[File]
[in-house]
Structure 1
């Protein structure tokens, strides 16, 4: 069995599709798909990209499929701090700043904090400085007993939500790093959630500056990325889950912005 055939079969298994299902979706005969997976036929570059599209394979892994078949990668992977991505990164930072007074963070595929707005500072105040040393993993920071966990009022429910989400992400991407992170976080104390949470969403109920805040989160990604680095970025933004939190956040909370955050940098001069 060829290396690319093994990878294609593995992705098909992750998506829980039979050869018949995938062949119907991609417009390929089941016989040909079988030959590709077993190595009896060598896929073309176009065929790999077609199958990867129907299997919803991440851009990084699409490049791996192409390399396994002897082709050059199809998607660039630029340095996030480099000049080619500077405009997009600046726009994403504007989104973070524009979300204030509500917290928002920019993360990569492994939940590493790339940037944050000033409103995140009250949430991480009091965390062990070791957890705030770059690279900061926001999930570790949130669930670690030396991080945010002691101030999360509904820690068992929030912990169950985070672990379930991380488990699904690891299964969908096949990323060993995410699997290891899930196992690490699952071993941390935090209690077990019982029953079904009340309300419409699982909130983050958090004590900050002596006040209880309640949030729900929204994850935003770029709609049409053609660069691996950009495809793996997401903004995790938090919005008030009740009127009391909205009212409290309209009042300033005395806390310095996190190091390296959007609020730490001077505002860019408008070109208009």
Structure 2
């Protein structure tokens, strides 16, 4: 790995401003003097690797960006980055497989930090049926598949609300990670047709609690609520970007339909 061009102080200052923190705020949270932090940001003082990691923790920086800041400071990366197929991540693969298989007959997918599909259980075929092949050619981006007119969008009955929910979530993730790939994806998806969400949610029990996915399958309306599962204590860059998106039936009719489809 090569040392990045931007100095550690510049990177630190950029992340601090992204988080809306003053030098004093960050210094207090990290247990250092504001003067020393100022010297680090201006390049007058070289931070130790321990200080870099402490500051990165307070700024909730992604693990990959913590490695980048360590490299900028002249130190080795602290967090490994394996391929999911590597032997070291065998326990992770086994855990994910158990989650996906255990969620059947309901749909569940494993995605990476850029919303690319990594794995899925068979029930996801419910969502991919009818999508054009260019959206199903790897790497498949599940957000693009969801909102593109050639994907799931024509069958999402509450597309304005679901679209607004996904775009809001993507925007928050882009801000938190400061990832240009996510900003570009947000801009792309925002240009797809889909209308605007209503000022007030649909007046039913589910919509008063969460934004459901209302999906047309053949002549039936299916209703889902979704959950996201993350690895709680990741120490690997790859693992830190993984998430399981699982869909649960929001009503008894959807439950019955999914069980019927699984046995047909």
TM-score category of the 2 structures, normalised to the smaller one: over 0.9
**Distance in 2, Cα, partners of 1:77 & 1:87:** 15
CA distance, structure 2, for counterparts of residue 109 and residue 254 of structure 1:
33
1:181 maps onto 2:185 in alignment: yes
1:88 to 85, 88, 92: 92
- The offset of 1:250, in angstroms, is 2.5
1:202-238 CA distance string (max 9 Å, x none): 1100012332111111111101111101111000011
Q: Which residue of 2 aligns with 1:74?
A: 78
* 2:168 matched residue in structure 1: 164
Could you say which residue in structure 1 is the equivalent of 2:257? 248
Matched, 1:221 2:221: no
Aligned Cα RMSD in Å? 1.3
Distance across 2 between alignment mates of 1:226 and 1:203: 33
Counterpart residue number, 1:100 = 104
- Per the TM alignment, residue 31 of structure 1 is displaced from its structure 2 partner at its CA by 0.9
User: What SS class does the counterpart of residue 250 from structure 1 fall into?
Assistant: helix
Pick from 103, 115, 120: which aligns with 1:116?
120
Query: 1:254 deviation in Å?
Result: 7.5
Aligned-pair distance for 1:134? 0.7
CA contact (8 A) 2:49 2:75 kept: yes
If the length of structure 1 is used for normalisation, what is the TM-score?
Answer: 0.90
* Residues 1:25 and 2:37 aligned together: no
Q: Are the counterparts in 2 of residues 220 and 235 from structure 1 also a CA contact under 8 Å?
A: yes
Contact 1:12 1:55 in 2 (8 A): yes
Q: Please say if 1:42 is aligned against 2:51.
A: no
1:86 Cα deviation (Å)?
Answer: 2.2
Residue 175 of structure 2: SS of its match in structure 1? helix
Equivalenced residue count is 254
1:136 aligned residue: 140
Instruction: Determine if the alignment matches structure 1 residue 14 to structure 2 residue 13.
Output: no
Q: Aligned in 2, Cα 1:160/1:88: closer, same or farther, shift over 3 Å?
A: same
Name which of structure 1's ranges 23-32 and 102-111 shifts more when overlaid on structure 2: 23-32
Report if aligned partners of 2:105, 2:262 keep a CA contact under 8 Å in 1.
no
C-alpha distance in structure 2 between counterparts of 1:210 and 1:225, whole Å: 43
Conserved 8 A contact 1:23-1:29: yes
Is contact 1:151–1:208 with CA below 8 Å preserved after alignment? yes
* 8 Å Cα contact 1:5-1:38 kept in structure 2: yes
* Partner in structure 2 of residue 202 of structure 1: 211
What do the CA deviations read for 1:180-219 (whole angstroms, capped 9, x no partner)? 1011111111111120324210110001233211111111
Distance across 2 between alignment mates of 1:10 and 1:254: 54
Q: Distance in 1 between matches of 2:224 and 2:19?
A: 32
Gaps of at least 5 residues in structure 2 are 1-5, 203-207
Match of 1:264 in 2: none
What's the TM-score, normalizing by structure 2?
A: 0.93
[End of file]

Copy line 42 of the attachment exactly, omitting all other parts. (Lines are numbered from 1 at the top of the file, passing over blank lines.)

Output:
Equivalenced residue count is 254